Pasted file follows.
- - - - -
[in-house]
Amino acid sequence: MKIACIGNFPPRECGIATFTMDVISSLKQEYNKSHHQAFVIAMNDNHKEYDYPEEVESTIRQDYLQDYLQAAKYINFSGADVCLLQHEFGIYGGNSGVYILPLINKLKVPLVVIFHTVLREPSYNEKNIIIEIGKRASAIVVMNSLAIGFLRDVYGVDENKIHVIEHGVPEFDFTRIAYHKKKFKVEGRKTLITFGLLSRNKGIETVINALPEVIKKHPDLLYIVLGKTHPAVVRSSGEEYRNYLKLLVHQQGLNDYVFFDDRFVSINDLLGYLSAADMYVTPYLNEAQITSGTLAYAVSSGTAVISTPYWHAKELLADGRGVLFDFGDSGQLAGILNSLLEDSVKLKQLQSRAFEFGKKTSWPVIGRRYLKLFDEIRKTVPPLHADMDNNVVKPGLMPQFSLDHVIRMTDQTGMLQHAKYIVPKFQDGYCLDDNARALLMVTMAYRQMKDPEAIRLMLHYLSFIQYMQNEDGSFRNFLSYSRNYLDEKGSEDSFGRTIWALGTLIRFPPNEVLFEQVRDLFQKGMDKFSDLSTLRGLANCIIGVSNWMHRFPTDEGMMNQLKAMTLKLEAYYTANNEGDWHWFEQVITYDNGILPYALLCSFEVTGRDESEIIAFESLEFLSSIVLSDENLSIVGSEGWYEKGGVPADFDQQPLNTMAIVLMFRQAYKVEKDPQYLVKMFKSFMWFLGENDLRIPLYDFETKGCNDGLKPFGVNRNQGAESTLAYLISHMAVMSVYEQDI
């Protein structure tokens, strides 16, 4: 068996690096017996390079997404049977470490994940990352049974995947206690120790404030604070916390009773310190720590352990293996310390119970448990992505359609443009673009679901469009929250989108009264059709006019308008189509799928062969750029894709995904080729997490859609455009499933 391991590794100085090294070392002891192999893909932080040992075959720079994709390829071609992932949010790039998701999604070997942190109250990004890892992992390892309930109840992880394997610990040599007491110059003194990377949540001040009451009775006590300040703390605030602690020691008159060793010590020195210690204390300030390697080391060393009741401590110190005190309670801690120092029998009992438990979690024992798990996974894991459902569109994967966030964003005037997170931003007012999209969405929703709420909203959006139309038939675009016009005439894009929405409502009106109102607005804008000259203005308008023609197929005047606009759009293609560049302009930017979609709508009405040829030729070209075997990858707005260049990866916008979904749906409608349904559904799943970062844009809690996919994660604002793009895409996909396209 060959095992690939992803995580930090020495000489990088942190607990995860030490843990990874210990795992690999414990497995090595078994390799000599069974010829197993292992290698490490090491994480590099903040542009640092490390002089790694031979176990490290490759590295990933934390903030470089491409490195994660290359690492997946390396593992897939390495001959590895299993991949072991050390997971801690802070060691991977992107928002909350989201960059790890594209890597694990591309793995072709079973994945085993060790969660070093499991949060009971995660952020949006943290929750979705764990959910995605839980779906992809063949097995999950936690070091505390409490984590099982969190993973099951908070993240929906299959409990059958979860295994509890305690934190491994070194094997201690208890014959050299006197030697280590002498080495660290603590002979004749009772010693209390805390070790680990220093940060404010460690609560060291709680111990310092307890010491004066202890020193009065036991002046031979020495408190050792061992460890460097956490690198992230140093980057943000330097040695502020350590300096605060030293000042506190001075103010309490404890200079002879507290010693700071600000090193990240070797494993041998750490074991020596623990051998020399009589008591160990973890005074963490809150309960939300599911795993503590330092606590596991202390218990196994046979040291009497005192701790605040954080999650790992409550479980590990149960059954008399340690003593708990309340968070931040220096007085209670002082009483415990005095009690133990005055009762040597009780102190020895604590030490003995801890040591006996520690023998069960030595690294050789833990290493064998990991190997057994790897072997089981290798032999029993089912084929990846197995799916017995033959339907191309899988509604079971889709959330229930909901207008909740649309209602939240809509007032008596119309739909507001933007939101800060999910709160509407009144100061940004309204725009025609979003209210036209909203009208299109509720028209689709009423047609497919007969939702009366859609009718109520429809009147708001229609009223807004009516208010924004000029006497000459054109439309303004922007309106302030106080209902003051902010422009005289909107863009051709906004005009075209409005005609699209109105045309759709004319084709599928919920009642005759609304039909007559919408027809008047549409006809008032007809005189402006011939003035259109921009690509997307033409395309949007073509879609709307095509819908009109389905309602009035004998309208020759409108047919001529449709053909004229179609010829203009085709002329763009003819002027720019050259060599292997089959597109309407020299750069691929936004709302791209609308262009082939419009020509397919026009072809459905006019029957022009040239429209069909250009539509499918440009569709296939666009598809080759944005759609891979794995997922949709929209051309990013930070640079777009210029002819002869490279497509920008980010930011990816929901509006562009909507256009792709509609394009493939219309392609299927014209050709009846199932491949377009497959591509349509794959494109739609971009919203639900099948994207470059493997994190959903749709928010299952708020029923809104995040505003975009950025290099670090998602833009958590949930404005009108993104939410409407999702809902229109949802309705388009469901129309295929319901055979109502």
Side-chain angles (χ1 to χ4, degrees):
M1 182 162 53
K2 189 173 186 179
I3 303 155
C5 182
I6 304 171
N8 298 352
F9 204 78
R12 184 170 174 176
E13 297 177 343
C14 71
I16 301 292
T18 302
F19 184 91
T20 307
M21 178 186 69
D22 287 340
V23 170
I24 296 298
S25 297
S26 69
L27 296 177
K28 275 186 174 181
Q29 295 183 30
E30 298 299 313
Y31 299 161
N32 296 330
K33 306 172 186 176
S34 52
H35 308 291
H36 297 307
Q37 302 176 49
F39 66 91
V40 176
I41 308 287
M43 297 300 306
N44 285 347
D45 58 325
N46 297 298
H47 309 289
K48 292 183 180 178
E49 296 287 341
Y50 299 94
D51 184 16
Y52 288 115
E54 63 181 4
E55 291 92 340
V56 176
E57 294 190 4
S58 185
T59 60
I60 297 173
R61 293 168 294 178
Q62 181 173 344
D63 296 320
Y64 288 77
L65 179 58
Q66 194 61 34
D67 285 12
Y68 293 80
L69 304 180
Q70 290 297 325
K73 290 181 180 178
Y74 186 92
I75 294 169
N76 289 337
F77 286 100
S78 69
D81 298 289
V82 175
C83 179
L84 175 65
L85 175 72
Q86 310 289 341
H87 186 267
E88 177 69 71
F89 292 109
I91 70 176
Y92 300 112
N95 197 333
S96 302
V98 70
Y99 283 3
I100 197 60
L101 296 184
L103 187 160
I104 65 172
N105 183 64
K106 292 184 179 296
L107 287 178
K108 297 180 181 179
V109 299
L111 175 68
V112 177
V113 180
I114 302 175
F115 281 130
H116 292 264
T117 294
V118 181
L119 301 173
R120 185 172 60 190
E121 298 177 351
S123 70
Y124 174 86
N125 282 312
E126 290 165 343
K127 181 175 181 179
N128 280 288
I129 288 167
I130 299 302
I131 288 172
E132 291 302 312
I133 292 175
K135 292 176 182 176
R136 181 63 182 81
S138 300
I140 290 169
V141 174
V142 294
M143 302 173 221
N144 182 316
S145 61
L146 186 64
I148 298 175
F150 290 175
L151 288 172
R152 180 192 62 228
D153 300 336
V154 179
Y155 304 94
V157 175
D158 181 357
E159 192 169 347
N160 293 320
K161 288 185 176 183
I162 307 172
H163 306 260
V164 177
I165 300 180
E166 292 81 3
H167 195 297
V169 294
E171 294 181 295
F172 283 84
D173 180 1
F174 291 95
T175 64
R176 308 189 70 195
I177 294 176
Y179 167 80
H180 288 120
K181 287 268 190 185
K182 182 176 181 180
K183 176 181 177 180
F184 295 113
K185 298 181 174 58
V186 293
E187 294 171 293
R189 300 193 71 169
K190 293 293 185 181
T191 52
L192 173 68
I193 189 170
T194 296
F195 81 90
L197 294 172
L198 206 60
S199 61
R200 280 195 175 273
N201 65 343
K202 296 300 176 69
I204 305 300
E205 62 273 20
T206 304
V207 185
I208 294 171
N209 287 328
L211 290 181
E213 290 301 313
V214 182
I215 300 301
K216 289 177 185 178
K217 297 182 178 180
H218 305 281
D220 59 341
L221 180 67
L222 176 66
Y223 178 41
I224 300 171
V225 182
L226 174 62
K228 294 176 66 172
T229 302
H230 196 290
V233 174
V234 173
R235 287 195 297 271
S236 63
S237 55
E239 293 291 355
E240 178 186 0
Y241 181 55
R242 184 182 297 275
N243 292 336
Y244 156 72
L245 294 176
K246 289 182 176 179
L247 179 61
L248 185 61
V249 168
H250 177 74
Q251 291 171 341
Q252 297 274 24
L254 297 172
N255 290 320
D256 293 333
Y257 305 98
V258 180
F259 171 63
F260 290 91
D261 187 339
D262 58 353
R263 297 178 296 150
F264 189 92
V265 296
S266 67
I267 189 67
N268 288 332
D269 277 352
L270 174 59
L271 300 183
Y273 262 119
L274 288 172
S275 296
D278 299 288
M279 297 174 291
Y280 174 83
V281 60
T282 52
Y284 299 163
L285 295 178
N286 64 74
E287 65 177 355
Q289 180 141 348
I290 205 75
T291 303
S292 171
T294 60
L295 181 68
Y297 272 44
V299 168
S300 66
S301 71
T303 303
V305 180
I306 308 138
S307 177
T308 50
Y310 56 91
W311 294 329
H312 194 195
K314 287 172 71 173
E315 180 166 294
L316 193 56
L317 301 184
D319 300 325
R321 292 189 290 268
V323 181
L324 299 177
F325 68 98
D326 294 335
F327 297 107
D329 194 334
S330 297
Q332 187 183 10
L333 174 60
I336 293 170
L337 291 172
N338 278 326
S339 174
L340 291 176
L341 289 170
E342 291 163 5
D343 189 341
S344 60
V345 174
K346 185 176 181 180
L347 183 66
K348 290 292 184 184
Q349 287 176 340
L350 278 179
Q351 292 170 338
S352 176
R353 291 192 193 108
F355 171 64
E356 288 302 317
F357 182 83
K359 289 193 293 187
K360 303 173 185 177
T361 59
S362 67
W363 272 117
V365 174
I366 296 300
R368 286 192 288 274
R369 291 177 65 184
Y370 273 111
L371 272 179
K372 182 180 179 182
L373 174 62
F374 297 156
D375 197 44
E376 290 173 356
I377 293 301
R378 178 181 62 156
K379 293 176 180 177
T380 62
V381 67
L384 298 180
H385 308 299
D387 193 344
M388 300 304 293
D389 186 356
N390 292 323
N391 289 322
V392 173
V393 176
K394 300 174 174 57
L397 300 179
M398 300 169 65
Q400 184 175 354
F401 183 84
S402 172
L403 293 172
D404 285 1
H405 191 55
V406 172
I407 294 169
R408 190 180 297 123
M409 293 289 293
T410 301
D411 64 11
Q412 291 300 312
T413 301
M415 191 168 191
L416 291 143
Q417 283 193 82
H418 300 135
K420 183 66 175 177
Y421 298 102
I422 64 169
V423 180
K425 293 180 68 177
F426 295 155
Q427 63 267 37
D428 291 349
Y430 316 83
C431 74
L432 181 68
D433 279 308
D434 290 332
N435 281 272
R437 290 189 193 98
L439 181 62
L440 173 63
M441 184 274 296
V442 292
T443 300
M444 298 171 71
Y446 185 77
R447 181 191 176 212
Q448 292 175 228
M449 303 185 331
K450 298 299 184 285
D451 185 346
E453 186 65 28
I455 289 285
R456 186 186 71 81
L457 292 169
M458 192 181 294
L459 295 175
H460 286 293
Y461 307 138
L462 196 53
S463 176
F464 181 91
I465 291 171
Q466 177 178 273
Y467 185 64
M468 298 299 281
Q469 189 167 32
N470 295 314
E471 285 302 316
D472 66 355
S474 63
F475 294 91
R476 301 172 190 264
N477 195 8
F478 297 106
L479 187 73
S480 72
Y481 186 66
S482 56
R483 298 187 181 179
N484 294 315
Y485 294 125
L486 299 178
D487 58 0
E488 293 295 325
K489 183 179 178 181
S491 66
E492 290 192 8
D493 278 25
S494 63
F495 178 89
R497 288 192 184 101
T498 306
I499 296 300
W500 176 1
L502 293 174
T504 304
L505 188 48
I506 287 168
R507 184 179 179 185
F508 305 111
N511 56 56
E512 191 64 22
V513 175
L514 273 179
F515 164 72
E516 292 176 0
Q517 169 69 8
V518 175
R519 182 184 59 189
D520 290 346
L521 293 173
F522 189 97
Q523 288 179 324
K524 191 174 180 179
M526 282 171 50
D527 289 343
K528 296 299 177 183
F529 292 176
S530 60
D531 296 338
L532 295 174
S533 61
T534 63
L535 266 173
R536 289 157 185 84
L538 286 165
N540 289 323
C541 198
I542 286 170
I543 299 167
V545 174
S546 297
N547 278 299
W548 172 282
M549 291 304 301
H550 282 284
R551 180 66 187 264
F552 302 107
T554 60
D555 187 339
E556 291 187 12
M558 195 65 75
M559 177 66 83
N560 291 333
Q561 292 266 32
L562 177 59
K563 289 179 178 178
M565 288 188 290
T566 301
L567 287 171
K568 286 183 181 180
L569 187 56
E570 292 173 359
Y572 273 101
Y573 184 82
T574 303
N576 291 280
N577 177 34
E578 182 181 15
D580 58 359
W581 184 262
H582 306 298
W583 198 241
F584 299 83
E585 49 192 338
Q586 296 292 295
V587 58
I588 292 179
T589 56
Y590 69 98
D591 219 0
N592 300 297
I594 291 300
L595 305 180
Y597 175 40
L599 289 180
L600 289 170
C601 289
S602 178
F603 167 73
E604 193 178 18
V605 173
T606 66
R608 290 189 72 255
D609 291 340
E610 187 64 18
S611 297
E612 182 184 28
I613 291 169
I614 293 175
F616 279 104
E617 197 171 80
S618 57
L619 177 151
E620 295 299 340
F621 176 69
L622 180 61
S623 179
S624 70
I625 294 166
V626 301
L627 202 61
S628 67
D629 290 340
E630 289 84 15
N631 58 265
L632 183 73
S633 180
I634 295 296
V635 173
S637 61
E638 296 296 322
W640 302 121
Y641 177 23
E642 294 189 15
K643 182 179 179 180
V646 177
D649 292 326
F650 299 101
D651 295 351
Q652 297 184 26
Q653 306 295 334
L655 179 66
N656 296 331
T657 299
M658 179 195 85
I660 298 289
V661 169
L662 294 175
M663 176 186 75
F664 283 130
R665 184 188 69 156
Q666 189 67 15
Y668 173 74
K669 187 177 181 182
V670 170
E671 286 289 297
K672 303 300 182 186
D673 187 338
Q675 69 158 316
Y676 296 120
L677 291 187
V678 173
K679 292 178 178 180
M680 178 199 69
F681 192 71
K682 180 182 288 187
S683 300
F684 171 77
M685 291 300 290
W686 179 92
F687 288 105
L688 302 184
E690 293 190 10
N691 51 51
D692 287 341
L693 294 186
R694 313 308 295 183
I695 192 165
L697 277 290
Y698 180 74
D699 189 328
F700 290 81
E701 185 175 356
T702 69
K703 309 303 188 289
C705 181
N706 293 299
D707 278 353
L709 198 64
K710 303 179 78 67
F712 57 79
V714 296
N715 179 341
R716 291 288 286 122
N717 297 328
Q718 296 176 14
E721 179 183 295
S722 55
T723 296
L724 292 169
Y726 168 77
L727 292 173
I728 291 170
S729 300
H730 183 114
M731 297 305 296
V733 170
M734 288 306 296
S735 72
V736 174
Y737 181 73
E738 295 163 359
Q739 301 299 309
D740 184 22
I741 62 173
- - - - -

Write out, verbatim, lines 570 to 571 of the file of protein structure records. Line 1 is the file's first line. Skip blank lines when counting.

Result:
Y676 296 120
L677 291 187